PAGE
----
Wild heart: Jill de Burca's newest collection
Designers whose background originates in textile design view fashion differently, and often in a much more interesting way. Fabric is the foundation stone of all fashion design. Because they design that foundation, textile designers create fashion differently.
Jill de Burca studied textile design at NCAD, and worked in the UK for several years as an embroidery consultant, before returning home three years ago to launch her own label. From the moment I first saw her dramatic, yet subtle, embellishment executed on a beautifully cut kimono-tux jacket, I was a fan.
Jill's ethos is simple: create with passion, make it wearable for everyday - not just for special occasions - and make it sustainable.
"It is important for me that we produce the collection here in Ireland. People are caring about where and how their clothes are made. I small-produce: I only do small numbers in production. It was difficult at the start, but I have learned a lot from doing it," Jill explains. "I am very hands-on. I change things a lot. I re-do things and re-work them in order to be completely happy. I guess that is the nature of being from a textiles background."
There is an endearing wildness about Jill's newest collection. It's no surprise she was inspired by her research in our brilliant Natural History Museum.
"I was looking at a lot of moths, which have been a big inspiration to me in other collections," Jill explains. "Moths create a ravaged effect on fabrics, so I chose a lot of lush fabrics such as velvets and devore, and experimented with textures. I thought about the fact that moths come out at night - that inspired the stars and jewel placement, the blue metallic lame for the night sky. Also the spotted tulle with laser-cut leather stars and velvet embroidered cut-out moths."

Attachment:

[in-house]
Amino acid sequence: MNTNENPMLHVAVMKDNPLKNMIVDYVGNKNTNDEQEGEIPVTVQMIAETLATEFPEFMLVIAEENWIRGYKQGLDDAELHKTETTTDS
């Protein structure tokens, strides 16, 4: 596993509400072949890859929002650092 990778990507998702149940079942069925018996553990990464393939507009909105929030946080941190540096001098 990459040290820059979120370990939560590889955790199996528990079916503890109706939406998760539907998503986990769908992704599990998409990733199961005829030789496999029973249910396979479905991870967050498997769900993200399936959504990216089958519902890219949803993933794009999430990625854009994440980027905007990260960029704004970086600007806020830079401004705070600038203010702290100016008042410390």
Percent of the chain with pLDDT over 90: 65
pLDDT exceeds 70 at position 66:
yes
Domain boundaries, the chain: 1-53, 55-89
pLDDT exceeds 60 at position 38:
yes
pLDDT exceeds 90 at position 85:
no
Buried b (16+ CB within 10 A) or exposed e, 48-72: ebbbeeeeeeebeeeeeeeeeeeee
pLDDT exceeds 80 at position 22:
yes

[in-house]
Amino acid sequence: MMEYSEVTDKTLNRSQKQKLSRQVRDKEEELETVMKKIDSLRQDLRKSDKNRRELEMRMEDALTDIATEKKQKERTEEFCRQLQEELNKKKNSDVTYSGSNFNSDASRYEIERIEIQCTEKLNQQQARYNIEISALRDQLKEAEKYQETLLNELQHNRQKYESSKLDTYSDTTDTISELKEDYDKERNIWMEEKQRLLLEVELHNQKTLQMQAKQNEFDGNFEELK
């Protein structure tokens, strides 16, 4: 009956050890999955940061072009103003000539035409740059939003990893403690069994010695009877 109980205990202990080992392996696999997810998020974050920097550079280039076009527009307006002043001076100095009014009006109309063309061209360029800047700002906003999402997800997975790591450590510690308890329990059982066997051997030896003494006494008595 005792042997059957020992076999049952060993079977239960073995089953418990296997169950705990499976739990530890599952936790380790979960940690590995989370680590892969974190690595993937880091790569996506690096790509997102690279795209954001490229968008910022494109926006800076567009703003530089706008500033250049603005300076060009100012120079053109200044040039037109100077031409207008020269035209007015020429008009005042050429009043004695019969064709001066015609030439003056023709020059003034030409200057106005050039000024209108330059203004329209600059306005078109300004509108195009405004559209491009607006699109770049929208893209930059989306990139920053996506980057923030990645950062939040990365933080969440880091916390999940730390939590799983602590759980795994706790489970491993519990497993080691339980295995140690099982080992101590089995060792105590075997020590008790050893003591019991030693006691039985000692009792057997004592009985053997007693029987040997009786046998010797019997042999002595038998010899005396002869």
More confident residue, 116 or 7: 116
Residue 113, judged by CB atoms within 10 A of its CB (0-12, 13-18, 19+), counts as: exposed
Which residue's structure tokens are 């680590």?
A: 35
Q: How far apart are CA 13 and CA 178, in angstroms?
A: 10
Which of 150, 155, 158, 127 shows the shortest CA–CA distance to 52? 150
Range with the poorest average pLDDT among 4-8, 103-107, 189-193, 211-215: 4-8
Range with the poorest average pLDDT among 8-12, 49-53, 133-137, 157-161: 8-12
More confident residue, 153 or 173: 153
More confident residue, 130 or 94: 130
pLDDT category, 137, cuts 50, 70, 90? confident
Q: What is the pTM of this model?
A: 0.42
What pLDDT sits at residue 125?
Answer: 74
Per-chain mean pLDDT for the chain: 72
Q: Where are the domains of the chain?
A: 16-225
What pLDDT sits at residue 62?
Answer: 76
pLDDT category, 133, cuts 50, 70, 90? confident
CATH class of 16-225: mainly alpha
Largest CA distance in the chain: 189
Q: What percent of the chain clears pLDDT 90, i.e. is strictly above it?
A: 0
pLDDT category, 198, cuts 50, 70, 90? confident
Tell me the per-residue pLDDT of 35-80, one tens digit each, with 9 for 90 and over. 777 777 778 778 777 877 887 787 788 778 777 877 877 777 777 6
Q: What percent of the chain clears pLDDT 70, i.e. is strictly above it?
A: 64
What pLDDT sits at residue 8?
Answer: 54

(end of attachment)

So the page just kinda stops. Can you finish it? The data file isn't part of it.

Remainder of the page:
With its mix of easy sweatshirting, T-shirts and pencil skirts, to dressier evening pieces and embellished collars, the collection has vibes of Kenzo and Dolce&Gabbana, though it's less try-hard and ostentatious; more 'of now'.
"The collection is feminine but in a different way," Jill says. "I never wanted 'really pretty butterflies' on everything. Which is why I went with the moths. The collection is a little grungy, a little rock and roll. I never like things to be too girly-girl. I think it is always important to have a bit of edge to pieces, a bit more cool."
Though barely six seasons old, the label has a loyal and strong following. Jill has her own online store. Or if you prefer the physical realm, you can see the entire collection in Atrium - formerly [MADE] - in the Powerscourt Townhouse Centre.
If you wish, as I do, that you had bought a particular piece from one of her previous collections, go to So Collective in Kildare Village, the curated Irish-designers outlet experience. As my mother often reminds me, you only truly regret the things you don't buy.
Photography by Sorcha Gillet
Styling by Kim O'Mara
Fashion edited by Constance Harris
Sunday Indo Life Magazine